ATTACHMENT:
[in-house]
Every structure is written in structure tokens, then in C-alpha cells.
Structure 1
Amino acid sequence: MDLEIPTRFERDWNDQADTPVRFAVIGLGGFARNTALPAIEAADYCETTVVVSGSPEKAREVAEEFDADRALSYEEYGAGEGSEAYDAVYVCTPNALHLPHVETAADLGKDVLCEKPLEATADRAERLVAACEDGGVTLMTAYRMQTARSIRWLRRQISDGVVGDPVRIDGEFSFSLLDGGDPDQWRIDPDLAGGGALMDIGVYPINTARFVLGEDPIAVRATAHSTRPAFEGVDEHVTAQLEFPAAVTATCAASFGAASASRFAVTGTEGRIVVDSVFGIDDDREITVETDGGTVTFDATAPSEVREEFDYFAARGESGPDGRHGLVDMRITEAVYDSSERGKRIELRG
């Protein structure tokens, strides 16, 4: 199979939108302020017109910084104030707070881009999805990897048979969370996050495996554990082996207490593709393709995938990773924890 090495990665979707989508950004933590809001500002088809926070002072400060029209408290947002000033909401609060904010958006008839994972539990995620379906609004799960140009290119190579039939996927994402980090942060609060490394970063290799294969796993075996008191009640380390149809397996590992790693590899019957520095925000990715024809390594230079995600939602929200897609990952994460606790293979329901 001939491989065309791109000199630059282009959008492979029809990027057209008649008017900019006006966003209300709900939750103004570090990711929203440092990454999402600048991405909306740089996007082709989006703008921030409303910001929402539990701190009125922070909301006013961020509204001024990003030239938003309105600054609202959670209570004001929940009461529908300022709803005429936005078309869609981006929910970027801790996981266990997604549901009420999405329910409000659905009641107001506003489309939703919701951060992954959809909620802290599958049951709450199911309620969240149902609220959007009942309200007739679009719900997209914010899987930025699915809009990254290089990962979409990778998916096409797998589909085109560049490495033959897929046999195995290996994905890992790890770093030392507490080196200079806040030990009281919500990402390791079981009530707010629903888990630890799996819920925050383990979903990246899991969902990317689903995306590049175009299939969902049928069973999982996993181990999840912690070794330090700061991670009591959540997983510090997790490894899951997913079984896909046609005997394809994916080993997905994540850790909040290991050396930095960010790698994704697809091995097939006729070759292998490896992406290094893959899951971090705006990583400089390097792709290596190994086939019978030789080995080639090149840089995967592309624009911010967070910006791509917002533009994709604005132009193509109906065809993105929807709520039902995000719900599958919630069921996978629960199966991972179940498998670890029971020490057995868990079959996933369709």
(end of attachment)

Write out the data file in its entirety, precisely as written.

[in-house]
Every structure is written in structure tokens, then in C-alpha cells.
Structure 1
Amino acid sequence: MDLEIPTRFERDWNDQADTPVRFAVIGLGGFARNTALPAIEAADYCETTVVVSGSPEKAREVAEEFDADRALSYEEYGAGEGSEAYDAVYVCTPNALHLPHVETAADLGKDVLCEKPLEATADRAERLVAACEDGGVTLMTAYRMQTARSIRWLRRQISDGVVGDPVRIDGEFSFSLLDGGDPDQWRIDPDLAGGGALMDIGVYPINTARFVLGEDPIAVRATAHSTRPAFEGVDEHVTAQLEFPAAVTATCAASFGAASASRFAVTGTEGRIVVDSVFGIDDDREITVETDGGTVTFDATAPSEVREEFDYFAARGESGPDGRHGLVDMRITEAVYDSSERGKRIELRG
């Protein structure tokens, strides 16, 4: 199979939108302020017109910084104030707070881009999805990897048979969370996050495996554990082996207490593709393709995938990773924890 090495990665979707989508950004933590809001500002088809926070002072400060029209408290947002000033909401609060904010958006008839994972539990995620379906609004799960140009290119190579039939996927994402980090942060609060490394970063290799294969796993075996008191009640380390149809397996590992790693590899019957520095925000990715024809390594230079995600939602929200897609990952994460606790293979329901 001939491989065309791109000199630059282009959008492979029809990027057209008649008017900019006006966003209300709900939750103004570090990711929203440092990454999402600048991405909306740089996007082709989006703008921030409303910001929402539990701190009125922070909301006013961020509204001024990003030239938003309105600054609202959670209570004001929940009461529908300022709803005429936005078309869609981006929910970027801790996981266990997604549901009420999405329910409000659905009641107001506003489309939703919701951060992954959809909620802290599958049951709450199911309620969240149902609220959007009942309200007739679009719900997209914010899987930025699915809009990254290089990962979409990778998916096409797998589909085109560049490495033959897929046999195995290996994905890992790890770093030392507490080196200079806040030990009281919500990402390791079981009530707010629903888990630890799996819920925050383990979903990246899991969902990317689903995306590049175009299939969902049928069973999982996993181990999840912690070794330090700061991670009591959540997983510090997790490894899951997913079984896909046609005997394809994916080993997905994540850790909040290991050396930095960010790698994704697809091995097939006729070759292998490896992406290094893959899951971090705006990583400089390097792709290596190994086939019978030789080995080639090149840089995967592309624009911010967070910006791509917002533009994709604005132009193509109906065809993105929807709520039902995000719900599958919630069921996978629960199966991972179940498998670890029971020490057995868990079959996933369709």